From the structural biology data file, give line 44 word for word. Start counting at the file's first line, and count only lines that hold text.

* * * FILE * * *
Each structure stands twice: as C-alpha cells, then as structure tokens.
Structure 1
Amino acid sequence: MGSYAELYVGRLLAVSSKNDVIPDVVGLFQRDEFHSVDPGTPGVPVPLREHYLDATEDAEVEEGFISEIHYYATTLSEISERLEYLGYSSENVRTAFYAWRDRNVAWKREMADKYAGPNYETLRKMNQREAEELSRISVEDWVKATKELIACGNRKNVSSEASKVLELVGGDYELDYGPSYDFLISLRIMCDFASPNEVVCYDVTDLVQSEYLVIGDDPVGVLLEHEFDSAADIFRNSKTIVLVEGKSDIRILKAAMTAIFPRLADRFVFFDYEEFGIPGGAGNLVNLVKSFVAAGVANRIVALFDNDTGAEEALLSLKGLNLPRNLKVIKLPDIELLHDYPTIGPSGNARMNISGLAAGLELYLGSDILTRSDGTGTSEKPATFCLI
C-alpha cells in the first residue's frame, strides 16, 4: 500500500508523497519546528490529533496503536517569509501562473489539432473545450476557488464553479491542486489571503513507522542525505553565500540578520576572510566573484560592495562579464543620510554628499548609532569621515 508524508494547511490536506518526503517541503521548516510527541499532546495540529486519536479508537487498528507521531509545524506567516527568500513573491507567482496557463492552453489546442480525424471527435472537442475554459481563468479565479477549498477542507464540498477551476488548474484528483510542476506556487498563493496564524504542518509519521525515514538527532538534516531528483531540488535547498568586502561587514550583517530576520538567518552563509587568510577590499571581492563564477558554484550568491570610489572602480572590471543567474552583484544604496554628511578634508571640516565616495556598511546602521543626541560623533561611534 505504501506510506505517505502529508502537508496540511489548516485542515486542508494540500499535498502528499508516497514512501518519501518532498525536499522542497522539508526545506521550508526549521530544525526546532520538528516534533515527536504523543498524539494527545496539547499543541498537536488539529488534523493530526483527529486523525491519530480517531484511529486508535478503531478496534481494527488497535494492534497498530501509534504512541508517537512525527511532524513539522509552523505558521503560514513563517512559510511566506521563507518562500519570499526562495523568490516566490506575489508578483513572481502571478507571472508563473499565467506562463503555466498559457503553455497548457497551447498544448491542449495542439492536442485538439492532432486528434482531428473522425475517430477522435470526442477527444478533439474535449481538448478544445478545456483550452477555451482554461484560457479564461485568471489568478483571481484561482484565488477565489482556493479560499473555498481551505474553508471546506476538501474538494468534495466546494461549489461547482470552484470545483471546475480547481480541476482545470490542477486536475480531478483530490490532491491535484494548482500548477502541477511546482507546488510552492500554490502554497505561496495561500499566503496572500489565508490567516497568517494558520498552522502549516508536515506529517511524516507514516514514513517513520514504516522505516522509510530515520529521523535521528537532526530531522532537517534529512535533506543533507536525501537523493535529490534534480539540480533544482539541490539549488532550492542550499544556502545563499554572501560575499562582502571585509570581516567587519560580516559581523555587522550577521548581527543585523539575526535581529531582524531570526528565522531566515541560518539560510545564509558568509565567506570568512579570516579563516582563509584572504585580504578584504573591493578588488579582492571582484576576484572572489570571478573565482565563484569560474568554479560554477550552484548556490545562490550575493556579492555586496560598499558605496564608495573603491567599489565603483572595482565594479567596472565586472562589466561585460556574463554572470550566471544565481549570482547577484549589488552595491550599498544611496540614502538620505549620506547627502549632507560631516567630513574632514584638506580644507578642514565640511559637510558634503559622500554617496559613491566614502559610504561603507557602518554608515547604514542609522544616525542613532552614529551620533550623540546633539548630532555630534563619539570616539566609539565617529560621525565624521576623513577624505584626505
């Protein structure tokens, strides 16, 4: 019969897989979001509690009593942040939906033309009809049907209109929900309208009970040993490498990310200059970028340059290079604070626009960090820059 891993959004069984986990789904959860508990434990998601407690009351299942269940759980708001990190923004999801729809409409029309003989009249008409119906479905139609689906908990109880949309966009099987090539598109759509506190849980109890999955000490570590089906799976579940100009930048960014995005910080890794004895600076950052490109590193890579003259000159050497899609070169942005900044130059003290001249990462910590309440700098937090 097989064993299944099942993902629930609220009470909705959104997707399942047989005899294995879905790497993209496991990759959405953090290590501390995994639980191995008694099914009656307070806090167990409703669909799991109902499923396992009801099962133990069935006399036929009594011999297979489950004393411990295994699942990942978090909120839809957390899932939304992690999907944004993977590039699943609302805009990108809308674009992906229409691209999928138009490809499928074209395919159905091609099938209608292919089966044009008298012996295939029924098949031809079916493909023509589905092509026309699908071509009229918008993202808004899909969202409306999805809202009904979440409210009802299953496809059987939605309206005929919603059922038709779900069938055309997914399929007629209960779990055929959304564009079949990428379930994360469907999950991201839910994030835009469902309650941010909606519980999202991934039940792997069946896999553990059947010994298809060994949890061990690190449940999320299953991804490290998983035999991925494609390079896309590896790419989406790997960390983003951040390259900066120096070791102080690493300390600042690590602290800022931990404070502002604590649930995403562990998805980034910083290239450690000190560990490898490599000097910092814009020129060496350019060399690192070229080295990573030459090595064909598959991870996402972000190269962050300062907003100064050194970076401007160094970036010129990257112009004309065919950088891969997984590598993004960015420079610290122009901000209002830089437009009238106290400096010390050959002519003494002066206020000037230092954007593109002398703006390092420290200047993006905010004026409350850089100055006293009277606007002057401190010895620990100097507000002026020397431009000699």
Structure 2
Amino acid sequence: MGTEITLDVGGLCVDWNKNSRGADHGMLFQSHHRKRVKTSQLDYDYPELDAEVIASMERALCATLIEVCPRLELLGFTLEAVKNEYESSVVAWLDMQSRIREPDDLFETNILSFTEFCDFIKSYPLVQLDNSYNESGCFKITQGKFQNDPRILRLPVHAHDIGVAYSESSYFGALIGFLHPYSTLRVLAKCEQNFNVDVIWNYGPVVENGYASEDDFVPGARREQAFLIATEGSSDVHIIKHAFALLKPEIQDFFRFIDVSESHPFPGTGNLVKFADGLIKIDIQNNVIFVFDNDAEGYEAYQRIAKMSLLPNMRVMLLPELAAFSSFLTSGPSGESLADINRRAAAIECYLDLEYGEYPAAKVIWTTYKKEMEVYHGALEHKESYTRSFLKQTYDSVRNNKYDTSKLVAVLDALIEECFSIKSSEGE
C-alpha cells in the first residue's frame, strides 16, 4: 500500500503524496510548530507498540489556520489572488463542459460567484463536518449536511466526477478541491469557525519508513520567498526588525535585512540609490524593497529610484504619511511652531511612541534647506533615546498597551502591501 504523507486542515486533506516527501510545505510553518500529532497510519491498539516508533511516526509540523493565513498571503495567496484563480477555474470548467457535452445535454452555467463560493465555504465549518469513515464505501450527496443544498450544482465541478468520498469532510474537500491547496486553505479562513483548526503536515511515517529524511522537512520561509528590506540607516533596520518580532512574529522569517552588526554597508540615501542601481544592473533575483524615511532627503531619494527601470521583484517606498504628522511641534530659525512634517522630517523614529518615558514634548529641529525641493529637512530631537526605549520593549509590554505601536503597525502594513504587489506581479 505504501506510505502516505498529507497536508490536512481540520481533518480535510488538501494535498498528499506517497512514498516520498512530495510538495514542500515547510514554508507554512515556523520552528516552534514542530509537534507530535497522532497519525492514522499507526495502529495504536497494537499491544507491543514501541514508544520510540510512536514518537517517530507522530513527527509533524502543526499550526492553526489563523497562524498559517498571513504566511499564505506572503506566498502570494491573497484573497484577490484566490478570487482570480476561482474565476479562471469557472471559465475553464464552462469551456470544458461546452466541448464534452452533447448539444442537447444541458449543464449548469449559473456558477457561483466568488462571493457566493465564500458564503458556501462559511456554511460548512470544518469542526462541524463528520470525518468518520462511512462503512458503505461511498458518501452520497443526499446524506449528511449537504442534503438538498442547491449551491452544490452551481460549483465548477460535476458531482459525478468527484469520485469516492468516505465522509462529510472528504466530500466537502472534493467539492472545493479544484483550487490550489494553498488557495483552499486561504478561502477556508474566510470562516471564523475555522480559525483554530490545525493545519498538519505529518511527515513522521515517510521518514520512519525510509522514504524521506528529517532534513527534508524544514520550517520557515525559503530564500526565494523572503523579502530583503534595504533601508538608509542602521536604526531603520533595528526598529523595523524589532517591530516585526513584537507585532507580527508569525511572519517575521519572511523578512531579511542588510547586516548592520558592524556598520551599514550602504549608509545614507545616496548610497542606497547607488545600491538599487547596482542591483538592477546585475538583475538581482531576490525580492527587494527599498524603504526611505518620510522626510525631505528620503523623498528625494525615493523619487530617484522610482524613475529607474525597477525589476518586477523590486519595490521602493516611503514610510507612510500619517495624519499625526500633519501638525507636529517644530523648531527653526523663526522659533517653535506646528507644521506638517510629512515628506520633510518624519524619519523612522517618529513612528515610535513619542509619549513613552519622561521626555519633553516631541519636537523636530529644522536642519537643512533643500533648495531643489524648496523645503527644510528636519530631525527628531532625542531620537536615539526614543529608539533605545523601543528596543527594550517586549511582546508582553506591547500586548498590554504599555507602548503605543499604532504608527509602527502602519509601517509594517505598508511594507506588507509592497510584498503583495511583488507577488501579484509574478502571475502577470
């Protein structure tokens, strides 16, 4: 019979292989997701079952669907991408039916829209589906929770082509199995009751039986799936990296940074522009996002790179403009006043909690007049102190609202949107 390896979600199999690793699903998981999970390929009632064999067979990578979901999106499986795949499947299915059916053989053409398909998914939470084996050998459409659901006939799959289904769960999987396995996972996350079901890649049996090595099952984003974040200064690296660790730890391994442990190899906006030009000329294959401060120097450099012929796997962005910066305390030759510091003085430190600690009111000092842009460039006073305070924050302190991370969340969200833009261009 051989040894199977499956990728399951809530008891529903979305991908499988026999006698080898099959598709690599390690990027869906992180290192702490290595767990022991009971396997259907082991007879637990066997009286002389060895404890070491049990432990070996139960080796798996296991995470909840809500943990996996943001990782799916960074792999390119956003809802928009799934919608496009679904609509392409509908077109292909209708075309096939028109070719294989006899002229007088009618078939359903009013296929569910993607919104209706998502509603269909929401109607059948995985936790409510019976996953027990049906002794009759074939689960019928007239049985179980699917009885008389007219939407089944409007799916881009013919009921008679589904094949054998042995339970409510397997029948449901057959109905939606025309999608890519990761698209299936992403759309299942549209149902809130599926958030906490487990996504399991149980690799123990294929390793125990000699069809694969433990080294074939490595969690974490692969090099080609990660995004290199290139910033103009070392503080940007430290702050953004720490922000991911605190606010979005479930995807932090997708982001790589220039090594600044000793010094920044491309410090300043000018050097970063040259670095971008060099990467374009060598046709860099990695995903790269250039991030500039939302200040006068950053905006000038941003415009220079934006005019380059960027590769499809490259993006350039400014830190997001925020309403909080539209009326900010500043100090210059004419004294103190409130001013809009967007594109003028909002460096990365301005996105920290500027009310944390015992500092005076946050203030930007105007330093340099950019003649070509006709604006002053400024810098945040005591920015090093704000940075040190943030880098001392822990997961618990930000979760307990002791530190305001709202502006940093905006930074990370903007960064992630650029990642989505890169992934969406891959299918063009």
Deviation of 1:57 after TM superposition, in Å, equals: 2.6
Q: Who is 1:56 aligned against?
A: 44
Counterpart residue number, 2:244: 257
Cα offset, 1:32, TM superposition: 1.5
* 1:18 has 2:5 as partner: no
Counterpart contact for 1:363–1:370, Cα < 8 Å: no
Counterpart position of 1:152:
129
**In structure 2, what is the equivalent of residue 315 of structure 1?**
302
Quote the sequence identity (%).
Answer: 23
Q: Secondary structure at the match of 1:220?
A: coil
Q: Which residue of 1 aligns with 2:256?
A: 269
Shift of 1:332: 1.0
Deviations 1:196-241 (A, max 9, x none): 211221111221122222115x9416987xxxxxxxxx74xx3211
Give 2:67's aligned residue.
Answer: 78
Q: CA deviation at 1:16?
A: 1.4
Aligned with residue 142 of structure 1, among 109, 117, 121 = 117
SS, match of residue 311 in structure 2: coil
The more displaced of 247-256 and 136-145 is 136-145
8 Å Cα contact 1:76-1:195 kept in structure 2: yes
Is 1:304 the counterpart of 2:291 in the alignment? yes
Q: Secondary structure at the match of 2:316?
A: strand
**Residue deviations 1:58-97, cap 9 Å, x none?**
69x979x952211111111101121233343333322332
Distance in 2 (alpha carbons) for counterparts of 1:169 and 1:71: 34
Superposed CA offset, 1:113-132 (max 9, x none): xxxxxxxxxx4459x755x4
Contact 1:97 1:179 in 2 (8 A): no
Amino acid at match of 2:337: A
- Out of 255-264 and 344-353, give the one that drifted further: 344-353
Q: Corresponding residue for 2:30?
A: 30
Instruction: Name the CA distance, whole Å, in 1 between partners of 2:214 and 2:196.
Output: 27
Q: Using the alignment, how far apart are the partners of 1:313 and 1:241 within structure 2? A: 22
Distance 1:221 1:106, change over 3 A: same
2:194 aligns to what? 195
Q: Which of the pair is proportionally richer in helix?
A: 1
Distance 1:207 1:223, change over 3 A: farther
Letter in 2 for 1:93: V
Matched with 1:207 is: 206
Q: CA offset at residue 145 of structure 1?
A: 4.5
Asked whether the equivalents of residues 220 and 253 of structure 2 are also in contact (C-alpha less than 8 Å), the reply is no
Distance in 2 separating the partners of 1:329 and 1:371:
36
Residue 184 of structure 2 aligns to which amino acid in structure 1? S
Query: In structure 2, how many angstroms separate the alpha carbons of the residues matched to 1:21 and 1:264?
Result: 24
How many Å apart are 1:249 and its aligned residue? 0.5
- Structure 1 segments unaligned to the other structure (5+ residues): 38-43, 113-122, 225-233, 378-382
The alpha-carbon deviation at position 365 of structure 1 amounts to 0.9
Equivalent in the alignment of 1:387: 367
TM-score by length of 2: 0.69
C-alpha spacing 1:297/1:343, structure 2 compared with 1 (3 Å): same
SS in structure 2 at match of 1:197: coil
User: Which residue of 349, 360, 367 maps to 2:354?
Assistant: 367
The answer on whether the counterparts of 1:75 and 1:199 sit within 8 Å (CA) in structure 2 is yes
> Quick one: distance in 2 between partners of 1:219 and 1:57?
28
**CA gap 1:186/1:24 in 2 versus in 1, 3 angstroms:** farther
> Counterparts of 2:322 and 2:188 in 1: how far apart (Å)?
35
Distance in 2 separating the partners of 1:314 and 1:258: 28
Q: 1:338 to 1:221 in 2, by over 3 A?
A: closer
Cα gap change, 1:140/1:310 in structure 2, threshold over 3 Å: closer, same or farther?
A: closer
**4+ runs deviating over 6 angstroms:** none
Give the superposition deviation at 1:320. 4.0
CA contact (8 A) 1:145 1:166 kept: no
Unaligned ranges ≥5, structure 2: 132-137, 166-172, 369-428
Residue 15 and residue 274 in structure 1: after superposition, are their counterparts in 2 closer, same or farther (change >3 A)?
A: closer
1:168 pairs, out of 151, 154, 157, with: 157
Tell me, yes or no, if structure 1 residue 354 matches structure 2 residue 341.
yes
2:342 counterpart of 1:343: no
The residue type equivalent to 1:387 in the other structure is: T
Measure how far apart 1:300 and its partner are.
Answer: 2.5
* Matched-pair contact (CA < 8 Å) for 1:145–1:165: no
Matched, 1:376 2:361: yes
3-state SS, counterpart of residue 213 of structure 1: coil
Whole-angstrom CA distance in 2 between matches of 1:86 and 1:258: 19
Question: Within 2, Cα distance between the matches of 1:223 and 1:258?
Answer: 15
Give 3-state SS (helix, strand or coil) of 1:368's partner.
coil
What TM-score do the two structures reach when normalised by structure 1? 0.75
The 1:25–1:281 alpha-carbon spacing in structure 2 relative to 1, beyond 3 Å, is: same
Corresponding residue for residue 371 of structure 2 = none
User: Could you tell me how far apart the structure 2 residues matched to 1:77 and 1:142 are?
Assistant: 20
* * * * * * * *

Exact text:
Contact 1:97 1:179 in 2 (8 A): no